Stokes, Carl Burton,
1927–96, American political leader, b. Cleveland. A 1956 graduate of the Cleveland-Marshall School of Law, Stokes began his political career as a Democratic member of the Ohio general assembly (1962–67). In 1965 he narrowly lost a race for mayor of Cleveland. In 1967 he ran again and became the first African American to be elected mayor of a major American city. He was reelected in 1969, but after his second term he left politics to become a news broadcaster in New York City. He returned to Cleveland in 1980 and was general counsel to the United Automobile Workers. In 1983 Stokes was elected municipal court judge, serving two terms as head of the court. He then served (1994–95) as ambassador to the Seychelles.
See his memoirs, Promises of Power (1983).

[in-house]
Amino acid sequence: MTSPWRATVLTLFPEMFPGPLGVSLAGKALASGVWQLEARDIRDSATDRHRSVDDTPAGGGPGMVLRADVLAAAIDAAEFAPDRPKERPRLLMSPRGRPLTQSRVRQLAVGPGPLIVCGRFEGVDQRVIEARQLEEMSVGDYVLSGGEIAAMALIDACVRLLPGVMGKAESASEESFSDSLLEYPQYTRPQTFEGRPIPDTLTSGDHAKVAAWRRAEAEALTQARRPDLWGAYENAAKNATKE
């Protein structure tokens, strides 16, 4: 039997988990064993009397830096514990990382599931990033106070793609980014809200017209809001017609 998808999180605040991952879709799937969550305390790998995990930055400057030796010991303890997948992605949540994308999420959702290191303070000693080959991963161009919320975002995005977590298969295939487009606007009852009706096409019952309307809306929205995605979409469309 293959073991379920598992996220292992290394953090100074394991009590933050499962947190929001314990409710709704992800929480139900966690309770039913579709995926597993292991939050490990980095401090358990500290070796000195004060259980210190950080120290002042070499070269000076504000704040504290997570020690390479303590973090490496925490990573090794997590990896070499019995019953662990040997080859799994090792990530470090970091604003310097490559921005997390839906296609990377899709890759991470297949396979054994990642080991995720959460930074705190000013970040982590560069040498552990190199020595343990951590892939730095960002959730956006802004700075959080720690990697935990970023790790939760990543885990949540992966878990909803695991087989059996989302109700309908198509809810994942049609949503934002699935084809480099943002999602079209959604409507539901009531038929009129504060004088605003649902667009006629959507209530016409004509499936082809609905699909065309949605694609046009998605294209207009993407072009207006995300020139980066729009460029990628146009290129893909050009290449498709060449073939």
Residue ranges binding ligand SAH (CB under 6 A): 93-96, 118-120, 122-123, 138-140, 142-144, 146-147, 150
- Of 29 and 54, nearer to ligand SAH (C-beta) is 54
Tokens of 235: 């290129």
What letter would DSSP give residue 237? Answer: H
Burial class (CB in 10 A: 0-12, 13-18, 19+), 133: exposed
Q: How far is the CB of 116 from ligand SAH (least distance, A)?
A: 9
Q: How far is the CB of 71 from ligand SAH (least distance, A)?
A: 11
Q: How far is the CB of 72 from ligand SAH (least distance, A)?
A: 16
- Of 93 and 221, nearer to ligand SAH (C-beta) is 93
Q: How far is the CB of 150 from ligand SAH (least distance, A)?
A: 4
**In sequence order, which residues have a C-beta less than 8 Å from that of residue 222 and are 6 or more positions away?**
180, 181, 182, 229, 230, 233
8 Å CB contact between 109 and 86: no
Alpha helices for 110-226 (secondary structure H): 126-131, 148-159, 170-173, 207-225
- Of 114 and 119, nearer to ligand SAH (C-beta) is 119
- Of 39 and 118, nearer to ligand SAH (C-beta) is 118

His brother, Louis Stokes, 1925–2015, b. Cleveland, grad. Cleveland-Marshall College of Law, 1953, was a civil rights lawyer and politician. A Democrat, he was elected to the first of 15 terms in the U.S. House of Representatives in 1968, after his participation in a successful challenge (1967) to race-based districts in Ohio led to redistricting. A strong advocate of subsidized public housing, he was chairman of the Select Committee on Assassinations (1977–79), of the Committee on Standards of Official Conduct (1981–85, 1987–89), and of the Permanent Select Committee on Intelligence (1987–98).
The Columbia Electronic Encyclopedia, 6th ed. Copyright © 2012, Columbia University Press. All rights reserved.
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